Banks and other financial institutions are too often creating problems for people who have been granted Power of Attorney, new data suggests.
Although individuals have been handed legal responsibility for managing the finances of someone who has lost capacity, difficulties often arise because staff lack an understanding of how the process works.
The number of complaints to the Financial Ombudsman Service which related to the handling of Power of Attorney more than doubled between 2010-15. 79 of the complaints referred to the watchdog in the most recent set of statistics were ultimately upheld.
The figures reinforce previous concerns that bank staff often lack the necessary training to process transactions and that the procedure varies greatly between different financial institutions.
This prompted the Ombudsman to issue guidance, reminding banks that those trying to manage a friend or relative’s affairs were often already under a considerable amount of stress.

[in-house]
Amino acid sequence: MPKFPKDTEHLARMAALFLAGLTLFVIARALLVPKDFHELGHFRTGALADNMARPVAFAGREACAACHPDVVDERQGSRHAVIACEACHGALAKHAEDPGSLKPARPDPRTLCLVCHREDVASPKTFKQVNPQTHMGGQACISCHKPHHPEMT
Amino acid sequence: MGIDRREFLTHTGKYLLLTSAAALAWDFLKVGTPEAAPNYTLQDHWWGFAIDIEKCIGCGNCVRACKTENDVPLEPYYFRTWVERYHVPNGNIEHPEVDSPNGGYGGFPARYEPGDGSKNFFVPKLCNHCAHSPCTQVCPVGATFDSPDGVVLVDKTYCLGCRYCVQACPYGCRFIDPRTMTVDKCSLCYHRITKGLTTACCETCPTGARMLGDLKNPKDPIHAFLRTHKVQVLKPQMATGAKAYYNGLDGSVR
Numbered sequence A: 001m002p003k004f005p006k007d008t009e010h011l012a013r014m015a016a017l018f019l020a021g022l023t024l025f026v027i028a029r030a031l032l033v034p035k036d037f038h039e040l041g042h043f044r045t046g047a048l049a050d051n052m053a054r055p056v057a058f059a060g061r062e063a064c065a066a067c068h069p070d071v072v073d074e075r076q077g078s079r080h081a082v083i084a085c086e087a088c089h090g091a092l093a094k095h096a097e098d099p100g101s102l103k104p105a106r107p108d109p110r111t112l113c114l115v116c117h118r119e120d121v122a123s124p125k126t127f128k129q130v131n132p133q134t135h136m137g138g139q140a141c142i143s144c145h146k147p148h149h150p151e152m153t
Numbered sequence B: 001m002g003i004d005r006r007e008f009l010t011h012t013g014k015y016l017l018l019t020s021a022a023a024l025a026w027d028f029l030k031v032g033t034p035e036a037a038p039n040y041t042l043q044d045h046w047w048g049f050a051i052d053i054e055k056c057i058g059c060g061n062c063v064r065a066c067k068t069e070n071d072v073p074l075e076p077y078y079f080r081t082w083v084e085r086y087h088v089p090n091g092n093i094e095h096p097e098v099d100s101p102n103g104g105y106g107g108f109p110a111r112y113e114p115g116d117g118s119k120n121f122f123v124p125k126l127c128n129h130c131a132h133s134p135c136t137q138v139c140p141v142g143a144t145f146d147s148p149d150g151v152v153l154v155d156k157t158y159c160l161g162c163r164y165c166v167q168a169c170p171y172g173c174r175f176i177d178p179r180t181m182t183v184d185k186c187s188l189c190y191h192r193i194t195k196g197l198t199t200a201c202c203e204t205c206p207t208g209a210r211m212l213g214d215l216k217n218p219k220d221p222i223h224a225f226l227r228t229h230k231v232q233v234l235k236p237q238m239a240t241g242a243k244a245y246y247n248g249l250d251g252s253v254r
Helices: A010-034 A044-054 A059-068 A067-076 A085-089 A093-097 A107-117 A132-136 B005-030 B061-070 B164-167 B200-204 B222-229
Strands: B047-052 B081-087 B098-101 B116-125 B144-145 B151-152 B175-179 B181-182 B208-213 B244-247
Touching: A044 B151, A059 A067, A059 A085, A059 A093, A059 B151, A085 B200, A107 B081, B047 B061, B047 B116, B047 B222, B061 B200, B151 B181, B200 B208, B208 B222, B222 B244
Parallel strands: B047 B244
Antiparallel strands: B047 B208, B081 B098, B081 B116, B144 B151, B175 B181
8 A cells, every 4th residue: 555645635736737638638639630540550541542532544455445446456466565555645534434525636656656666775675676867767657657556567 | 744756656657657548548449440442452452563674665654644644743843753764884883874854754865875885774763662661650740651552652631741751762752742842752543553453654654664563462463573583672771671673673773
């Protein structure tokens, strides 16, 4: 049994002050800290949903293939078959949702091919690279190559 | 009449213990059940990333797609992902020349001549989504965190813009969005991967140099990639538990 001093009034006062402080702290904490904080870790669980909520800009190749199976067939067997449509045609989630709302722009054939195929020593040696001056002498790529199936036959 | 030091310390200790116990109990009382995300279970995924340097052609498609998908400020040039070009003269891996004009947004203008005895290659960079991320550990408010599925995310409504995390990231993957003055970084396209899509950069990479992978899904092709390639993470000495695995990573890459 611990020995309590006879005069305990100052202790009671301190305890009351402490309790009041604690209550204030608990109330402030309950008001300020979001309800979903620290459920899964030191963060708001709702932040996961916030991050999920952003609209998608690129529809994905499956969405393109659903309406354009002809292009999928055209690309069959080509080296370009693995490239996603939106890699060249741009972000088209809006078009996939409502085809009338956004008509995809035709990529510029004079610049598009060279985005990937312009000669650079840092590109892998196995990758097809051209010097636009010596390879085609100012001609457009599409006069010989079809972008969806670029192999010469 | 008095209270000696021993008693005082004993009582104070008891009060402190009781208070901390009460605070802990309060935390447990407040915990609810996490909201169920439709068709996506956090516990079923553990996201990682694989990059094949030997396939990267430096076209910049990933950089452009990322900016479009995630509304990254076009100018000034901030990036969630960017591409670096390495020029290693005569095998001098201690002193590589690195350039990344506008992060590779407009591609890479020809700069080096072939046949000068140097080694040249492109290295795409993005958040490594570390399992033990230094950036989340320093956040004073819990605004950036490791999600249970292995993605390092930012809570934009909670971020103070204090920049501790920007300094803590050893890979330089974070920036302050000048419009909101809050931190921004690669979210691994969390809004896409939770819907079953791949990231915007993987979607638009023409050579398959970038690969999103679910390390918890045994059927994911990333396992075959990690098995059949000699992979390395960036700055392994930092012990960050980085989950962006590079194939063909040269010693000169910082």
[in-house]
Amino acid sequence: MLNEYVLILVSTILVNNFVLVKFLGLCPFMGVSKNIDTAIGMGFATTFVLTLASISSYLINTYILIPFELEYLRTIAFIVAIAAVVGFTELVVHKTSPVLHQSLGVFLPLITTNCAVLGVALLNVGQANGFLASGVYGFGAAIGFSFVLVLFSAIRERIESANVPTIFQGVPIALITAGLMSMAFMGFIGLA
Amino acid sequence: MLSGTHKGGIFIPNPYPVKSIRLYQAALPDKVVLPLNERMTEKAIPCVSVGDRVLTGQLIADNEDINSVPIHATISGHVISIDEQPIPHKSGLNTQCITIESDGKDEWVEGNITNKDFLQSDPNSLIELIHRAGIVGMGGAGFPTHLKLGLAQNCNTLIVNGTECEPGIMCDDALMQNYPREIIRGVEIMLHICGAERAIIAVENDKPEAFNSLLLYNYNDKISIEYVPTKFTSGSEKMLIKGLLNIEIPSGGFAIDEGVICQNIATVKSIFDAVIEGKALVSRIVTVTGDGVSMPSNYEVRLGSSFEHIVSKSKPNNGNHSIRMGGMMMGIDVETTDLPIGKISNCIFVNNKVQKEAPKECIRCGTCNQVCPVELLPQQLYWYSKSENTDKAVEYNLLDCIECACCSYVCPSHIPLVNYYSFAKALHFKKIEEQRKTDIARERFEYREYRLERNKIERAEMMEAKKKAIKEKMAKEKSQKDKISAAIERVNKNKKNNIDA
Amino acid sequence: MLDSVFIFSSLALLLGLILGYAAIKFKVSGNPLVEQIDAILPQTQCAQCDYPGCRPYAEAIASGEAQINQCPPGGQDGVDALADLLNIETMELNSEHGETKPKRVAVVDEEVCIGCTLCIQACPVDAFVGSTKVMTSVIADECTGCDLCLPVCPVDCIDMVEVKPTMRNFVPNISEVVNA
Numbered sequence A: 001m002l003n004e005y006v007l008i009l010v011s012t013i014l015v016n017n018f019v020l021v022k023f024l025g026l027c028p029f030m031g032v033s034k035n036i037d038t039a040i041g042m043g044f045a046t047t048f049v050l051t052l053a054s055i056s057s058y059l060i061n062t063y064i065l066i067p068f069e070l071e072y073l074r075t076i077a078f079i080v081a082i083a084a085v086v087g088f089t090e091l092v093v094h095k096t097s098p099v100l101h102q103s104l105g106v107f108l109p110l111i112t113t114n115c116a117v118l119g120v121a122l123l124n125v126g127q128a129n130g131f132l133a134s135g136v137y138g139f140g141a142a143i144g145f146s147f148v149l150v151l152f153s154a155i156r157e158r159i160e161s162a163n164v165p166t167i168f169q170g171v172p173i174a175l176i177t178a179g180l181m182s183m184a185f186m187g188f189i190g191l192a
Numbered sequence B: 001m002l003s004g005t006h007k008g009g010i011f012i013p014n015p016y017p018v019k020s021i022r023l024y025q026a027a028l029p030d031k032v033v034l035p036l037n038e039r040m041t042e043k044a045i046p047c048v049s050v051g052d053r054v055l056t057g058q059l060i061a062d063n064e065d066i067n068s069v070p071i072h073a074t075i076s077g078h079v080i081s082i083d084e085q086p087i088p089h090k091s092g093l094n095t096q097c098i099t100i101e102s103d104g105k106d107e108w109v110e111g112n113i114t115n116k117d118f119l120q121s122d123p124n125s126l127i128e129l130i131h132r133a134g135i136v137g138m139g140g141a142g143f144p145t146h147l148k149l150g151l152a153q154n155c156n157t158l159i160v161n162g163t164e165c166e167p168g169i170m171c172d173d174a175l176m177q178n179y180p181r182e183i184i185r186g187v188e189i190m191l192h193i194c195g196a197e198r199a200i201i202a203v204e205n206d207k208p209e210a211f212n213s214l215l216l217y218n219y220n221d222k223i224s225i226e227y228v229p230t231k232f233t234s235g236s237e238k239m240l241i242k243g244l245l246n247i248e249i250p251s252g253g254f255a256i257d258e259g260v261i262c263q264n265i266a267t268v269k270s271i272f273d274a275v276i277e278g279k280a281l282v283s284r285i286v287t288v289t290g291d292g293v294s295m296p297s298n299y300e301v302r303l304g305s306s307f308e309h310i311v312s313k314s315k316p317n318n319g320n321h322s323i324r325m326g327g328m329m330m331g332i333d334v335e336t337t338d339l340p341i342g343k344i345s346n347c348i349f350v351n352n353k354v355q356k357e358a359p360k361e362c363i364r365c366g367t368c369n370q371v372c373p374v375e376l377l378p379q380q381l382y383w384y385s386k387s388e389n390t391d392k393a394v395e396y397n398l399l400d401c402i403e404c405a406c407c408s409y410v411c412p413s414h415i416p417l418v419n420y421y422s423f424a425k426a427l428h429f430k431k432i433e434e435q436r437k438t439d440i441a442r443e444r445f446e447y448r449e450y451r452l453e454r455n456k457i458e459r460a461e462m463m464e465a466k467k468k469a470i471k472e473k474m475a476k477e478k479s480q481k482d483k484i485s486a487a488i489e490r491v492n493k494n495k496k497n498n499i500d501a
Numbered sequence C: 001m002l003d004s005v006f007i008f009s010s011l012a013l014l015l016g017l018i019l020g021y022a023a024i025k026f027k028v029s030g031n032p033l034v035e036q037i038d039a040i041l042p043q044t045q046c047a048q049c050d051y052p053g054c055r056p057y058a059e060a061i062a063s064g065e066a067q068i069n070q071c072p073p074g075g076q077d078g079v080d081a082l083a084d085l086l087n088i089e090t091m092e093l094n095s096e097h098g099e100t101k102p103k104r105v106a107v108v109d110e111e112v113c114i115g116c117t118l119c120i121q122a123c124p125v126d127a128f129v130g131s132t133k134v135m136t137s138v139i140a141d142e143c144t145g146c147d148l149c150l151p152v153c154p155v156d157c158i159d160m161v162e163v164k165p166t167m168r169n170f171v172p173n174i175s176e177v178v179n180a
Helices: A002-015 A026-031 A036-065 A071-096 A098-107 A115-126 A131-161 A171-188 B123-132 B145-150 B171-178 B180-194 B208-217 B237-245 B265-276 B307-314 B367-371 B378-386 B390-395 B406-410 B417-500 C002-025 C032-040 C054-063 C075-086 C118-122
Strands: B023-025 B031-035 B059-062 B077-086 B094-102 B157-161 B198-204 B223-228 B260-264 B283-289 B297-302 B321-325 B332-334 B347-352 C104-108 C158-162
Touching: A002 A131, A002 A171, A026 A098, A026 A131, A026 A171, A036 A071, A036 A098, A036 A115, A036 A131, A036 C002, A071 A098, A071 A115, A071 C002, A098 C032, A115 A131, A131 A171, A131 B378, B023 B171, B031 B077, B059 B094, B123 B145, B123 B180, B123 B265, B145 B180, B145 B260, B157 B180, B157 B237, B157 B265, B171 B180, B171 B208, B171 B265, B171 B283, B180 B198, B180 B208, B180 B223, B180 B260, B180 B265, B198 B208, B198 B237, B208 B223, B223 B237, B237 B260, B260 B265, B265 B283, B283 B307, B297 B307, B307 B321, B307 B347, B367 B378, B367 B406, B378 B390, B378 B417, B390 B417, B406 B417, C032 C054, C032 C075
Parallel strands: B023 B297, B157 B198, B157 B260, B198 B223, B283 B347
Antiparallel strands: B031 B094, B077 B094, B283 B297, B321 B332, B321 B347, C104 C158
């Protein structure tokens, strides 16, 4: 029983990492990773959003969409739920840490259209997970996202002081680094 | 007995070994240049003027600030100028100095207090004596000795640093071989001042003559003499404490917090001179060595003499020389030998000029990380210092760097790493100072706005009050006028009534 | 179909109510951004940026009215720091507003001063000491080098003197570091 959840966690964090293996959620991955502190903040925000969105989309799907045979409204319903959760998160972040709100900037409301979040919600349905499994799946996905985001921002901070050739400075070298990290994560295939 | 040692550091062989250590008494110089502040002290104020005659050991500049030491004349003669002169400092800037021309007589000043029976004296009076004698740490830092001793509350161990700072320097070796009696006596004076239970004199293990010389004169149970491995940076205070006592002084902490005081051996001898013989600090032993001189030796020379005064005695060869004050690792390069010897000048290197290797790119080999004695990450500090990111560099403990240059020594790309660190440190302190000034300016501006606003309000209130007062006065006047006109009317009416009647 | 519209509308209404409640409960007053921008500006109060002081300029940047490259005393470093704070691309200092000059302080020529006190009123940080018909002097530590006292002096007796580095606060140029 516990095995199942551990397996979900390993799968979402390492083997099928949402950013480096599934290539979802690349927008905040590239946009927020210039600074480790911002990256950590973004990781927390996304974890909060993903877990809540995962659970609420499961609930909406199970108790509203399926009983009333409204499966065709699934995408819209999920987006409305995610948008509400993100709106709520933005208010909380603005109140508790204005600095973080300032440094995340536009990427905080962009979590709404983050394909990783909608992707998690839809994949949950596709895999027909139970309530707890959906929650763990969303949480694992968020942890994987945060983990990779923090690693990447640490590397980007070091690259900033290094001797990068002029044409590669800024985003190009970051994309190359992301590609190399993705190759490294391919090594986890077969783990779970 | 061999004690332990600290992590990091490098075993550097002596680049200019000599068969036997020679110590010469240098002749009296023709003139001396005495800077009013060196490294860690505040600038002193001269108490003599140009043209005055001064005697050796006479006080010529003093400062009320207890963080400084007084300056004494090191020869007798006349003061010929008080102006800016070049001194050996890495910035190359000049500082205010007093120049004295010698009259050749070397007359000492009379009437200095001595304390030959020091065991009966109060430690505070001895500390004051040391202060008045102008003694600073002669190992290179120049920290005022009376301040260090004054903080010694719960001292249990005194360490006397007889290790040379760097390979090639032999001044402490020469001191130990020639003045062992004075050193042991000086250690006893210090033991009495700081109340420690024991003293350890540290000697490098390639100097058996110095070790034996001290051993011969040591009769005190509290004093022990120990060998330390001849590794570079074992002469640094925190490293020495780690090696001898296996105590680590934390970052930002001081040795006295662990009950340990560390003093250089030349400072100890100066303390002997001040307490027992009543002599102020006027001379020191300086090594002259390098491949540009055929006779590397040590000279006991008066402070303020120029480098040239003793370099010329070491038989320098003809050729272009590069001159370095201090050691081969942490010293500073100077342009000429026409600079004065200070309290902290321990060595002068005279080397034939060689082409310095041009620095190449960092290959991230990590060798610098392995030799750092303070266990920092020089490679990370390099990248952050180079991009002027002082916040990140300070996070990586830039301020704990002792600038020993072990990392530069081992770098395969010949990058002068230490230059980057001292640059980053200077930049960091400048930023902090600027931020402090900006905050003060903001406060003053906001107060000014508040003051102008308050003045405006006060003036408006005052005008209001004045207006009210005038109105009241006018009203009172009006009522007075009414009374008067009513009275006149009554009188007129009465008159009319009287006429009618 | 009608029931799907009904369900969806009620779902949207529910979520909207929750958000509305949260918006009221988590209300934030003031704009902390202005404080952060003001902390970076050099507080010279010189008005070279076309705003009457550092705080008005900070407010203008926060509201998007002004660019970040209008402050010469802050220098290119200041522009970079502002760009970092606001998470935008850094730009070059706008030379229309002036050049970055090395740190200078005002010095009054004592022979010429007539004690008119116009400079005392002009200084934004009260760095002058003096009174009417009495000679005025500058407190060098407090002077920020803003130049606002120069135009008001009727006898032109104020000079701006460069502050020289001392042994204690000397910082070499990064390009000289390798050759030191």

Caroline Abrahams, the charity director at Age UK, said: “The types of complaints we hear about in financial services are usually related to poor staff training – for example, not understanding what an attorney can or can’t do – or clunky processes, such as asking attorneys to come in to the branch several times with different documents.”
A spokesman for the British Bankers Association (BBA) insisted that members were working to improve the standard of service to those exercising rights under Power of Attorney.
At Lester Morrill, our specialist Court of Protection solicitors are experienced in working with vulnerable individuals and their families, friends and care teams to ensure the best possible outcome. We currently manage cases involving private clients, solicitors, local authorities, referrals from the court and case managers. We also advise on matters relating to health and welfare, receiving referrals from family members and advocates. Please contact our team for further information.